A photo of an embroidered cushion is pinned to the wall: “I have been to hell and back,” the cushion reads, “and let me tell you, it was wonderful.” Nearby, a severed arm lies carelessly on a windowsill, while through the window – among the family debris of a treehouse and trampoline – a torso transforms an upturned crate into a makeshift butcher’s block. Even the dog chews on something disturbingly limb-like. In Berlinde De Bruyckere’s sunny studio in Ghent’s harbour quarter, the skeletons of the Belgian sculptor’s art are everywhere.
The ‘bodies’ here might be made of wax or plaster, but this only heightens the sense of Freudian uncanny that lingers around De Bruyckere’s work. Viewers are drawn in by the seeming familiarity of her human and animal figures before finding themselves repulsed as deformity reveals itself and the creatures become suddenly monstrous. In the artist’s hands traditional iconography – whether Christianity’s pietà and the crucified Christ, or the visual tropes of other mythologies – emerge transfigured, refracted through the visual touchstones of our own age: the debased figures of Abu Ghraib or the blanket-wrapped victims of the Rwandan genocide.
Although active since the 1980s, De Bruyckere first came to international attention in 2000 with a war-themed commission for the In Flanders Fields Museum in Ypres. The resulting installation of five life-sized casts of horses, their glossy skins animating their contorted pawings and writhings, explored the elisions between man and animal, life and death, that have dominated De Bruyckere’s work since. It also captured the peculiarly immanent quality that has since become the hallmark of her sculptures – the figures are always caught in the moment of becoming, decaying, growing or changing. Never still, never complete.
De Bruyckere’s first Australian exhibition, We are all Flesh, currently at the Australian Centre for Contemporary Art in Melbourne, borrows its title from the insistent shout of dancers in Alain Platel’s ballet Pitié!. It’s a cry that has echoed repeatedly through De Bruyckere’s work for the past 20 years, from her earliest “blanket women” to her Schmerzensmann (Man of Sorrows) sequence and her celebrated horses, with their stunted, often headless, forms.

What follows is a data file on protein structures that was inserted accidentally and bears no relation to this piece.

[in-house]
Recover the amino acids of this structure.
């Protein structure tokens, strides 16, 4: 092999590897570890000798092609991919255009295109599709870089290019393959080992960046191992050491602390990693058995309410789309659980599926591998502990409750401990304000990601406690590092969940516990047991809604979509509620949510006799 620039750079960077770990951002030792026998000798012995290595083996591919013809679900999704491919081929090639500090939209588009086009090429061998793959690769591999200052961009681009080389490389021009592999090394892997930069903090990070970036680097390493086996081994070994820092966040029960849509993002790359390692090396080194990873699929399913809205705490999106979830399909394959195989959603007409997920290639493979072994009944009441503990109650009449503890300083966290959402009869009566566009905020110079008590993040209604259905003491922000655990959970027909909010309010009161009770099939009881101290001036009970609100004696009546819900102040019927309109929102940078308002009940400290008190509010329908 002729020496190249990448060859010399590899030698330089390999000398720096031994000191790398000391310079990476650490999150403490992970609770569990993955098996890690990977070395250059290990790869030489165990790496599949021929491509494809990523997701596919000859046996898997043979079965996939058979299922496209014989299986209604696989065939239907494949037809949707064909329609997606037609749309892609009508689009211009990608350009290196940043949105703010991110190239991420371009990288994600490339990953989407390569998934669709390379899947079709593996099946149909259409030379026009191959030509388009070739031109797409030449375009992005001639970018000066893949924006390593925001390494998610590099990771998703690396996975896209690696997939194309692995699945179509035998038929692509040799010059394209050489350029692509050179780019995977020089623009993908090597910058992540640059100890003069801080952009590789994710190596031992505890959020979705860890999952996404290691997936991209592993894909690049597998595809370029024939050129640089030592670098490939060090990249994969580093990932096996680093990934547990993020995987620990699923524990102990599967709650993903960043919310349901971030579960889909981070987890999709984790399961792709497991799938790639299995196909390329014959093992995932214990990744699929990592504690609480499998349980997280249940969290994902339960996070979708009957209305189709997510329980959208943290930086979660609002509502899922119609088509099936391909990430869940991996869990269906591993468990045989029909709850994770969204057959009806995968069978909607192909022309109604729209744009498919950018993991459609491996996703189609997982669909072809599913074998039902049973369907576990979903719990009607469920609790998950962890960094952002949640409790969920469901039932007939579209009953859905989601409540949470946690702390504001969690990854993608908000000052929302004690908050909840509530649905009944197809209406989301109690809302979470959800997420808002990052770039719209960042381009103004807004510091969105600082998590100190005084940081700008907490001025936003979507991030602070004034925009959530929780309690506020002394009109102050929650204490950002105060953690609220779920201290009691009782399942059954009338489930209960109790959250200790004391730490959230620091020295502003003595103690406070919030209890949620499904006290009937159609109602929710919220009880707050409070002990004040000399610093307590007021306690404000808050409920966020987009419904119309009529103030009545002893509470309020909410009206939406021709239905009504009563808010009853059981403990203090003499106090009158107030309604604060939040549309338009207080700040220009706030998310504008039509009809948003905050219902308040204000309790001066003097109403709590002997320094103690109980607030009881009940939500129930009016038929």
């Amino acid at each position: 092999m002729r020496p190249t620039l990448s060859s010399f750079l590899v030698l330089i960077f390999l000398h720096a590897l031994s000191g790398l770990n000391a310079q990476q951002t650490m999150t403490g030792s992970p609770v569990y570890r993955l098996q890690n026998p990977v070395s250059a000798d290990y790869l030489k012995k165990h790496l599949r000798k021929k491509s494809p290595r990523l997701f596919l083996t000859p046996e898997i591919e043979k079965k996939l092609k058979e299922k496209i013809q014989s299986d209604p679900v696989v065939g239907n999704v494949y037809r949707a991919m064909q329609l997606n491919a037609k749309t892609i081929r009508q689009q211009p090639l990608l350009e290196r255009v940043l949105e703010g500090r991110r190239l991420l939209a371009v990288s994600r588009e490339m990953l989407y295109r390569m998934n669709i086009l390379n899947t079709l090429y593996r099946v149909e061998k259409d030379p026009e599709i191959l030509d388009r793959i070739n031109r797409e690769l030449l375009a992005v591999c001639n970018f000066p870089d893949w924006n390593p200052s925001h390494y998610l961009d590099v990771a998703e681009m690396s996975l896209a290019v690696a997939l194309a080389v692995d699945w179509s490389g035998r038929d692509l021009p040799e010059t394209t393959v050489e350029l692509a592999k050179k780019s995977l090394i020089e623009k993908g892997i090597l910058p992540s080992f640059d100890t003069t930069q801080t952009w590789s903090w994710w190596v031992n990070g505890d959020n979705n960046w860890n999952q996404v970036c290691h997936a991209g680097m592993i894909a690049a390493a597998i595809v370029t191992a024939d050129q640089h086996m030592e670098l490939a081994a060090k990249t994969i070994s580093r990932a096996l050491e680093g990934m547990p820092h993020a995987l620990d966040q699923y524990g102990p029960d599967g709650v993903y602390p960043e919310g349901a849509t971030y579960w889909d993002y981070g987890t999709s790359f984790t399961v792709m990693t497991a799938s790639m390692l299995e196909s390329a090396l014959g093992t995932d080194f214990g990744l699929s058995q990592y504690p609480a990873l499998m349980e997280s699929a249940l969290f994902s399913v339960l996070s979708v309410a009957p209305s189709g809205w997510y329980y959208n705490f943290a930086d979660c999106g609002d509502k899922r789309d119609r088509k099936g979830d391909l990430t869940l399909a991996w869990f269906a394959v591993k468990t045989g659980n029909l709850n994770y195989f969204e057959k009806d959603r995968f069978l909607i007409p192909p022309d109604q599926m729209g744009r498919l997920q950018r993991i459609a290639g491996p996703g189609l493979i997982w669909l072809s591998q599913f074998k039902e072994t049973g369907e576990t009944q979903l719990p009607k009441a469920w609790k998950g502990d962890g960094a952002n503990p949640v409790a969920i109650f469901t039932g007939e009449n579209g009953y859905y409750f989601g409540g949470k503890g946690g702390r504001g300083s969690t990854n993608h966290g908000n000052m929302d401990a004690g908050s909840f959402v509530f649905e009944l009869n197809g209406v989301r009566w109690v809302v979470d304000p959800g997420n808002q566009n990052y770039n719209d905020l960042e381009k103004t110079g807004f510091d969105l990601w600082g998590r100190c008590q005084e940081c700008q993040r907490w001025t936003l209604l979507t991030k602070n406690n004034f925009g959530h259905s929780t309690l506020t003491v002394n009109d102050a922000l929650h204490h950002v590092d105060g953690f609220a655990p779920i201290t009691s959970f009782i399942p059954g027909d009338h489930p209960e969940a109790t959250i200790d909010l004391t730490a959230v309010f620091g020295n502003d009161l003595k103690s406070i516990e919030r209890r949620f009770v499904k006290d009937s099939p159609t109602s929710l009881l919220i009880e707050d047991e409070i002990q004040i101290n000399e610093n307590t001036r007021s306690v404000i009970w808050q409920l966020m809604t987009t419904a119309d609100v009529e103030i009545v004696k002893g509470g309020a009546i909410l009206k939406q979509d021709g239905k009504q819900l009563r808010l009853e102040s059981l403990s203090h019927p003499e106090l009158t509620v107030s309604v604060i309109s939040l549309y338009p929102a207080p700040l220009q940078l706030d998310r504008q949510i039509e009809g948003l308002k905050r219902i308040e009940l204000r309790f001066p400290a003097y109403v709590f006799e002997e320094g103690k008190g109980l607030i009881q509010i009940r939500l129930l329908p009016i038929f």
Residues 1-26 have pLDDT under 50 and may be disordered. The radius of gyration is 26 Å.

“If you are honest with yourself as an artist,” she explains, “there are not many possibilities. You have your questions, angers and fears, and while the format or form might change, the topic remains the same. I’m not looking to alter my whole way of thinking with each exhibition, or searching for something new. One work just grows into another and then another.”
But while flesh for De Bruyckere has always been a theatre of cruelty, it is also the site of transcendence and transformation. Bodies writhe and melt into one another in anguish – or could it be ecstasy? The dance of Eros and Thanatos is a delicate one in De Bruyckere’s hands, an encounter staged in the arch of a foot, the curve of a horse’s neck, or even a tender sprawl of branches over a trestle.
It’s a collision staged with particular fervour in the centrepiece of We are all Flesh – two horses (bodies cast in wax and then reconstructed in epoxy, before being covered in the original horsehide) suspended together from a column. “The beauty here is in the impression that these figures are making love. But who is making love? It is the bodies of dead horses. I don’t mean this as an aggressive statement. Once the veterinary students are finished with these bodies they go to the incinerator; it’s as though I could not accept this, couldn’t let it happen, so I took them with me and made something beautiful from them. That is how people should view them, not as dead flesh or meat, but as something living.”
This living ‘language of the body’ is something De Bruyckere first learned from the Flemish Old Masters, poring over books of paintings by Hans Memling and Rogier van der Weyden in the library of her Catholic boarding school – an escape from the restrictive world of the nuns. It is these images rather than sculptures that have supplied what De Bruyckere describes as her artistic “genes”, as a visit to Ghent’s own Museum of Fine Arts makes immediately clear.
The drooling monsters of an anonymous master hang next to a pietà in shrieking juxtaposition while, across the room, vivid, fleshy crucifixions display their torture. In the translucent limbs of Hugo van der Goes’s Christ, the suppliant contortion of Hieronymus Bosch’s St Jerome and the glow on the cheek of van der Weyden’s Madonna are the germ of De Bruyckere’s own forms, her bodily preoccupations.
When the London Telegraph recently decried the artist’s creations as “Frankenstein’s monsters for an age of genetic engineering” it unmoored them from the position they occupy in the natural trajectory of European art, which has embraced the grotesque alongside the rarefied, the banality of the everyday as well as the spiritual. The age of Rabelais and his oozing, penetrable bodies was also the age of da Vinci’s Vitruvian Man, something De Bruyckere understands as well as her Flemish predecessors.